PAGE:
Monday, November 14, 2011

Restitution Follies: 217 Years On, Belgium Claims a Rubens Seized by Napoleon, Days After France Recaptures a Painting “Stolen” in 1818

The latest player seeking restitution of art seized in long-ago wars is Belgium.  It wants France to return a painting by Peter Paul Rubens that was part of Napoleon’s vast art plunder. 

Rubens, "The Triumph of Judas Maccabee"
The painting, “The Triumph of Judas Maccabee,” was seized in the revolutionary wars in 1794, taken to Paris, and in 1804 sent to the Museum of Fine Arts in Nantes, when Napoleon distributed spoils of war to various provincial museums.  On Wednesday, the Parliament of the Federation of Wallonia-Brussels unanimously passed a resolution calling on the Culture Minister to “undertake all useful steps” to negotiate with France for its restitution.

“The Triumph of Judas Maccabee” is half of a diptych commissioned from Rubens by the Cathedral of Tournai in the 1630s.  Napoleon also stole the other half, but it made its way back to the cathedral in 1818.  Belgium wants to reunite the two parts in their original setting.

The prime proponent of the resolution, Senator Richard Miller, stressed that Belgium is only asking for the restitution of this one painting – at least for now -- and not the thousands of artworks that were taken during the Napoleonic wars.  "It would be foolish to think we could get everything back at once," he told the Agence France Presse.  "Still, we could try to get them back one item at a time, each case based on cast-iron arguments."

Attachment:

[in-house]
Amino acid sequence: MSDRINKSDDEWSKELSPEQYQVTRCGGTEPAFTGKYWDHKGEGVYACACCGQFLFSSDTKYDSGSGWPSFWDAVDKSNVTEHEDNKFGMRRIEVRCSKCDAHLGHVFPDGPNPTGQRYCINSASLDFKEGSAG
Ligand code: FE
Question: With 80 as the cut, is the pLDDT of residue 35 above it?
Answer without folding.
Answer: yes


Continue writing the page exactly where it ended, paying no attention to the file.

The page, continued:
The "Black Africa" Issue

Miller seems aware that Belgium’s demand on France could come back to bite it, but in  his statement to Parliament, which is reprinted on his website, he nevertheless said it was not a matter of “our Museum Terveuren running the risk of having to return all that belonged to Black Africa.”

The Museum Terveuren is the Royal Museum for Central Africa, which was started, its website explains, in the late 19th century when King “Leopold II fulfilled his dream:  he obtained a colony for Belgium.”  And obtained, apparently, untold numbers of artworks and artifacts besides.

Tournier, "Christ Carrying the Cross"
Chances of France giving up an altar-sized Rubens that is in a public museum?

Not good, if you consider that France itself had earlier in the week seized a painting by Nicolas Tournier, “Christ Carrying the Cross,” being shown by English gallery owner Mark Weiss at a Paris art fair.

It’s generally understood that Weiss at all times acted in good faith and without knowledge that he owned a painting that had vanished into thin air a couple of centuries before.  The Augustins Museum’s chief curator -- who had organized a Tournier retrospective in 2001 -- had himself not recognized it even though he had seen photographs of the work before its display in Paris.
“Although it sounds incredible, I saw no connection to the museum painting. It was not until much later, after Weiss purchased it, following several messages from some of my colleagues, that I understood that this was the canvas that had disappeared from the museum after 1818,” he told La Tribune de l’Art.

"Inalienable" Art

Nevertheless, France claimed ownership.  "This was the property of the French state that was deposited at the Augustins Museum in Toulouse and was stolen in 1818. It is a non-transferable work," the French Culture Ministry said.

“Works in French public collections are inalienable and imprescriptible . . . This means that an object which enters a museum cannot be taken away, in any way, forever in time,” La Tribune de l’Art explained, writing about the Tournier.

Presumably, the same principle would apply to the Rubens in the museum in Nantes.

For her part, Blandine Chavanne, director of the Nantes museum, said, “Be aware that UNESCO has made a decision in saying that all the works in museums acquired before 1970 were considered property of the museums,” the AFP reported.

The museum has regularly loaned out the Rubens, including in to the cathedral at Tournai, a policy it may want to revisit.

Images: Rubens taken from Musee des Beaux Arts, Nantes, website; Tournier pulled from the internet.

Text Copyright Laura Gilbert 2011